The taste and smell of allium vegetables comes from a group of organosulphur compounds. These are formed during the natural ageing process of the plant, or from the activity of an enzyme called alliinase that is released when the plant has been chopped or crushed.

These compounds are the ones with anti-cancer properties. Heat during their cooking, however, can destroy alliinase activity, preventing the formation of the active anti-cancer compounds.

A small Turkish study found a reduction in PSA (a protein produced by the prostate gland, a high level of which can indicate cancer) in nine patients with prostate cancer after they had taken a liquid garlic extract for one month.

The average PSA level of the men fell from 8.9ng/ml to 3.6ng/ml and the fall was accompanied by an improvement in symptoms.

A study in Shanghai investigated the effect of intake of allium vegetables, including garlic, spring onions, onions, chives and leeks, on the risk of prostate cancer in 238 men with confirmed prostate cancer and 471 healthy men for comparison.

The men who ate more than 10g of allium vegetables a day were 49 per cent less likely to develop prostate cancer than those who ate less than 2.2g a day.

When vegetables were considered individually, men who ate more than 2.1g of garlic or scallions a day reduced their risk of developing the disease by 53 per cent (garlic) and 70 per cent (spring onions) compared to those who did not eat any at all.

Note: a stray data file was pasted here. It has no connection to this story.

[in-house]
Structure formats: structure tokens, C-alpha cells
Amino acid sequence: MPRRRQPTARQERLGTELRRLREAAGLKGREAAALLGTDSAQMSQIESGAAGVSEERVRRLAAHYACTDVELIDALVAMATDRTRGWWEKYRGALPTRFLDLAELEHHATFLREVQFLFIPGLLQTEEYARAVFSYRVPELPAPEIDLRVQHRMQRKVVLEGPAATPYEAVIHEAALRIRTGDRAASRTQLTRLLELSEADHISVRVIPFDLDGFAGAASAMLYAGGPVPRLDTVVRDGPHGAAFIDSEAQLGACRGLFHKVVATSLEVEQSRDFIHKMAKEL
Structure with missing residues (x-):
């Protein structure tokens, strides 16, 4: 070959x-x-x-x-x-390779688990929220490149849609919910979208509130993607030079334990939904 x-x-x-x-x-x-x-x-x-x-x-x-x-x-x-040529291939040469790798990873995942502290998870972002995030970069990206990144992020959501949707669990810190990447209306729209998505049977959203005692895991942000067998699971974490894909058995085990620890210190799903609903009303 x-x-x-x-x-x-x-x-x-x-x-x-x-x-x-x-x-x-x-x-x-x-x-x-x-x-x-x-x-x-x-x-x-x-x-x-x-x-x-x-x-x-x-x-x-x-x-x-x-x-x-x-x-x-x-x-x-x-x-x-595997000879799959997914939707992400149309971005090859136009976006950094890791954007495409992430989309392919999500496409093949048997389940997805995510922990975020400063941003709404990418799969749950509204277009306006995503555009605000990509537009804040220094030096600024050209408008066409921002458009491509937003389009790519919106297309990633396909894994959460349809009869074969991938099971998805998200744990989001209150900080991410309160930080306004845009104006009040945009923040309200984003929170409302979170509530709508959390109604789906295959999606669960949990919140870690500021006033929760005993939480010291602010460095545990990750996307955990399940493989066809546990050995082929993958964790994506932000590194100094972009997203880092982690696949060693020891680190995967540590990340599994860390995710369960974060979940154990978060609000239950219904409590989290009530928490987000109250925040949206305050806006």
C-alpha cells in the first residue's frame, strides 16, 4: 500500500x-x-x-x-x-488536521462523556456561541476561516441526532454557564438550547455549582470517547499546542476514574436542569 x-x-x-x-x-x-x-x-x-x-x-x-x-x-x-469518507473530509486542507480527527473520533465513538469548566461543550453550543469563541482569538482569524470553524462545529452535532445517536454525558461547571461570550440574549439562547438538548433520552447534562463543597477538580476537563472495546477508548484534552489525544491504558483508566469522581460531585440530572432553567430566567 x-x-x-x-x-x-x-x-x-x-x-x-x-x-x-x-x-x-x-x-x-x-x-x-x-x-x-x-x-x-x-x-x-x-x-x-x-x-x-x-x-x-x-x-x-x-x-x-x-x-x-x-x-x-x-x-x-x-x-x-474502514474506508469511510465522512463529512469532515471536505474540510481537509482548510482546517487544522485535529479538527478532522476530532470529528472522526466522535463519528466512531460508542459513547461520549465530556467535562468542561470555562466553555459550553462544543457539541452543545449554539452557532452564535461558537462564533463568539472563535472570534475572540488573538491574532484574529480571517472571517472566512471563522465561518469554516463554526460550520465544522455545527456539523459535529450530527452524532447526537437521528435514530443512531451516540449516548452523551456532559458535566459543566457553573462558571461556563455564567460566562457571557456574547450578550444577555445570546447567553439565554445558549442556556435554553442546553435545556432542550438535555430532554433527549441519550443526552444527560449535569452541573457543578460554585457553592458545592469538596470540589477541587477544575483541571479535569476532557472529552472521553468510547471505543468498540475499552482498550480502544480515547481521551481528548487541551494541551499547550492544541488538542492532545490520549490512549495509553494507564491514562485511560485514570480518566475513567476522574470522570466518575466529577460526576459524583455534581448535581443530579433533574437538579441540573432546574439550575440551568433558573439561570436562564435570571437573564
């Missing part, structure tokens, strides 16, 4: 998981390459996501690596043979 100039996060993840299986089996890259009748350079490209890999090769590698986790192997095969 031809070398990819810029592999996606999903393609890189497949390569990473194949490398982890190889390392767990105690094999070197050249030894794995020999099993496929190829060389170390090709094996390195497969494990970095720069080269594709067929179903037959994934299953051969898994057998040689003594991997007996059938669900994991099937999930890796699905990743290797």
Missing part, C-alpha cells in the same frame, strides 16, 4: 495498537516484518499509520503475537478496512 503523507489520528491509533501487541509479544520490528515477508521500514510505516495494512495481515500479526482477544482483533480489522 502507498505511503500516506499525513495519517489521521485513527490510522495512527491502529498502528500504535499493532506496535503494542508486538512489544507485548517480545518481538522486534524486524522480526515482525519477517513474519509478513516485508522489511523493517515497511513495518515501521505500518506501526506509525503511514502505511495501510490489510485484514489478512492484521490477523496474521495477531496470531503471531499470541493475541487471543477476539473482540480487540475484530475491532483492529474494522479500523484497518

Allium vegetables are also often served with other foods, such as tomatoes, that have been identified as having anti-cancer properties so the effect may be from the combination rather than from one type of vegetable alone.

HOW MUCH SHOULD I EAT?

The current UK guideline for fruit and vegetable consumption is at least five 80g portions a day.

Although there are no specific guidelines for the consumption of allium vegetables, the World Health Organisation (WHO) suggests 2.5g (approximately one clove) of fresh garlic a day. Garlic should be left to stand for about ten minutes after crushing or chopping before cooking to allow the anticancer compounds time to form.

WHAT SHOULD I LIMIT?

When research is carried out into the links between diet and prostate cancer, some foods or food components show a positive relationship, such as dairy products, fat and meat. This means that eating them in large amounts may increase the risk of prostate cancer.

Dairy products

These include milk and all products made from milk, such as yogurt, cheese and fromage frais. The evidence for a close association between prostate cancer and dairy products comes from population studies.

Calcium

Dairy products provide our main source of calcium, but some studies have shown a relationship between a high intake of calcium and an increased risk of prostate cancer.

Dairy products provide our main source of calcium

One of the suggested reasons for this is the relationship between calcium and Vitamin D, a potential anti-cancer agent. Calcium requires the action of Vitamin D to aid absorption, therefore, when calcium intakes are high, the demand for Vitamin D increases and may lead to the suppression of Vitamin D in the blood.

The relationship between an increased risk of prostate cancer and calcium appears to be most apparent when calcium intake is very high (1,500mg to 2,000mg per day) and in cases where the disease is more advanced, although the evidence is not consistent.

Studies that have considered the risk of prostate cancer with non-dairy sources of calcium appear to show no association, although the effect of calcium supplementation is unclear.

Phytanic acid

This is a fatty acid found in dairy products and in animal meat such as beef and lamb.

A small study showed that the amount of phytanic acid in the blood of prostate cancer patients was higher than that in the blood of those without.